Math Literacy – beyond terminology

An important element of critical thinking on any topic is literacy, or competence. Math is no exception. In order for students to gain a deeper understanding of mathematical concepts, they must first become math literate. This means that students can apply mathematical reasoning skills to help them solve real world problems. It sounds like a daunting task, but it doesn’t have to be so grand. For young students math literacy involves knowing if they should use addition or subtraction to solve a word problem. This can transfer to the real world experience of biking to the corner store to purchase a treat, and making sure that the correct change was received. Older students will have more complex real world experiences, such as, earning enough money to purchase tickets for a concert. They can be encouraged to set up equations while problem solving.

Our job as teachers is to ensure that each student becomes math literate. The first step is to promote an expectation of success in math for all of our students. We have to believe that our students can do well, and then they will believe it too. Set up a culture of critical thinking on a variety of numerical topics. Invite students to create their own math problems, and to solve them. Set aside some class time for a discussion of thoughts about math. Tell students that there are no bad ideas, and watch the discussion grow. Even if no actual math computations are made, the discussion will reinforce the idea that math is important and that everyone can be good at it with practice.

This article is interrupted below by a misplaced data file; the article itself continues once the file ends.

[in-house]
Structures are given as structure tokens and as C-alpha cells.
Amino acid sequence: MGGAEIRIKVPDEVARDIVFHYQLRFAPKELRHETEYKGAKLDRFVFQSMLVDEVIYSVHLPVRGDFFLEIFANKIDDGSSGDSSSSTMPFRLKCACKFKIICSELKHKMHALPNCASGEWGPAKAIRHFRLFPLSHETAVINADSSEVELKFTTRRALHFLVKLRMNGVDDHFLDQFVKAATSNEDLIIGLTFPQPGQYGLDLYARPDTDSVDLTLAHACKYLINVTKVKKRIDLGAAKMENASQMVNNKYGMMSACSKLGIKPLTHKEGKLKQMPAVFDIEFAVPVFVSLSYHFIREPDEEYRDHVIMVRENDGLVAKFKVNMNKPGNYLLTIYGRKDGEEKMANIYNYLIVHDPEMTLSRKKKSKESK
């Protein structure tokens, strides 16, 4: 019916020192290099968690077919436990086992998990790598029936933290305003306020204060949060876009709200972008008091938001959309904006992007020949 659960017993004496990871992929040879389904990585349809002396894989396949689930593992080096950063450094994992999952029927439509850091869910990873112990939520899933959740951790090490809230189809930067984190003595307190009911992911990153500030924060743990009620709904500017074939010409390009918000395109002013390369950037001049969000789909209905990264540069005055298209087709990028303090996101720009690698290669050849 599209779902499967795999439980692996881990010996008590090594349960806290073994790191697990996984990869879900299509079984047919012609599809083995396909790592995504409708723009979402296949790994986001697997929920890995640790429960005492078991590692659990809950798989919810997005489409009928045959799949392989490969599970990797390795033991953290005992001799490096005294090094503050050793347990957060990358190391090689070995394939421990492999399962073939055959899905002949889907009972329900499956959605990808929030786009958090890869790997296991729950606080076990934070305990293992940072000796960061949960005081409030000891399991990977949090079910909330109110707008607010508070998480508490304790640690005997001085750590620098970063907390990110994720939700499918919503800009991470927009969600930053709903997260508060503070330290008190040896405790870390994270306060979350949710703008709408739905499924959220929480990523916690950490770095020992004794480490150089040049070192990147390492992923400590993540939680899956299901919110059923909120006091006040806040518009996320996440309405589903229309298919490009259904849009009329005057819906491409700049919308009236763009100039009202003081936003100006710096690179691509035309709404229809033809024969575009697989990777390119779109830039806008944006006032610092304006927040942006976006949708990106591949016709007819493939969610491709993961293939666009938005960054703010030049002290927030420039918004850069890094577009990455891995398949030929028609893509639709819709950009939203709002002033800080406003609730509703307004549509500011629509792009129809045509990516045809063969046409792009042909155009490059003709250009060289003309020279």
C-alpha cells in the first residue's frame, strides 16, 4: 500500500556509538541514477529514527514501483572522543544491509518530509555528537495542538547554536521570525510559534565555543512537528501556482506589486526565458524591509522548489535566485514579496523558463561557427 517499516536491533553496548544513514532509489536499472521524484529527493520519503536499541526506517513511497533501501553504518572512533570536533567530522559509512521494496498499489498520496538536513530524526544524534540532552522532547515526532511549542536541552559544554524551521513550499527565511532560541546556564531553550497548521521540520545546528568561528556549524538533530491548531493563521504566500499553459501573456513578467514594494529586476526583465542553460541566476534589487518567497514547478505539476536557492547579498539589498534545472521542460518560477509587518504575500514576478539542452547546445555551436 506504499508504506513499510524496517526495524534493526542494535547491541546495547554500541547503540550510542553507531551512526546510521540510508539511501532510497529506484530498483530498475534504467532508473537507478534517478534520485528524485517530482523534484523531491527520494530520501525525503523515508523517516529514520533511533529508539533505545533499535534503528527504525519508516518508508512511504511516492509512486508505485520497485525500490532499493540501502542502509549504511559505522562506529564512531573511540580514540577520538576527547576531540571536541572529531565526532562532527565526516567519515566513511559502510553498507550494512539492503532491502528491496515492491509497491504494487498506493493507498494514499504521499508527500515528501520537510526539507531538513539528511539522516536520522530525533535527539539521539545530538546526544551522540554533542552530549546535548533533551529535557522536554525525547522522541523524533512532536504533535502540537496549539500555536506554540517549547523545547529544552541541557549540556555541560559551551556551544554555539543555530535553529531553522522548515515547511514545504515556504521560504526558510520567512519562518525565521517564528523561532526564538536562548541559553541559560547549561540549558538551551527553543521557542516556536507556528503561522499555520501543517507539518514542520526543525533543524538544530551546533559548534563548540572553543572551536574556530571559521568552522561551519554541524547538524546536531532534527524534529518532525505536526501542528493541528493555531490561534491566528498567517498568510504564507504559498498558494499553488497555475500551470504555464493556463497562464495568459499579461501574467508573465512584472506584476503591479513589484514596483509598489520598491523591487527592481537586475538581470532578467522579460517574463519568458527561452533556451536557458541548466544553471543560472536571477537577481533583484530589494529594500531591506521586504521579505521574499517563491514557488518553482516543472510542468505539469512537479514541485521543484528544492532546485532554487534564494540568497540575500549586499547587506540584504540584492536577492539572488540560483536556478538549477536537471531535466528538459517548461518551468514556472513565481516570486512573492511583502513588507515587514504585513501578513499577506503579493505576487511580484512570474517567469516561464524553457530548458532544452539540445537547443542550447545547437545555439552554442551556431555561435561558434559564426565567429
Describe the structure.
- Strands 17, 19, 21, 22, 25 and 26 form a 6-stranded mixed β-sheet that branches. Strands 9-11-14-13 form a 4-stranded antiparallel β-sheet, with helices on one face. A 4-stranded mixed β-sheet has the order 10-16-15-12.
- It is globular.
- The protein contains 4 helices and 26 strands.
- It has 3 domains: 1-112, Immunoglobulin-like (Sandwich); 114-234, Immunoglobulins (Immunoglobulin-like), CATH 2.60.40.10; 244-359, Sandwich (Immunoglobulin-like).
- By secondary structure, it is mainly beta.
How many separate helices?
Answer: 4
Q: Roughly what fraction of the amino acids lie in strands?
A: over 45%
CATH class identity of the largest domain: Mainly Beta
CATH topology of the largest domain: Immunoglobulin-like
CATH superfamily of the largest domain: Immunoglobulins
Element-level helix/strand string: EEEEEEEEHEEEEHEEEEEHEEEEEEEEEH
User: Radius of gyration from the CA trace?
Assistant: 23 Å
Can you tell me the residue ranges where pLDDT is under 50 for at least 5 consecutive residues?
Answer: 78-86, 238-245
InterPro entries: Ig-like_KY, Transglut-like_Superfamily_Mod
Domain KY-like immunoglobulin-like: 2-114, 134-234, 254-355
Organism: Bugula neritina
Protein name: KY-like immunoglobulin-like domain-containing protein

Students need to understand that the mathematical language is important in conveying ideas, but math literacy goes beyond knowing terms. It involves a deeper thinking, the ability to view problems from multiple perspectives, and to apply previous knowledge to new situations. Giving our students the time and the skills to develop competence in math gives them the confidence for continued academic success.


One thought on “Math Literacy – beyond terminology

  1. Pingback: Understanding Rational Numbers, Fraction Fun | Will Work for Students

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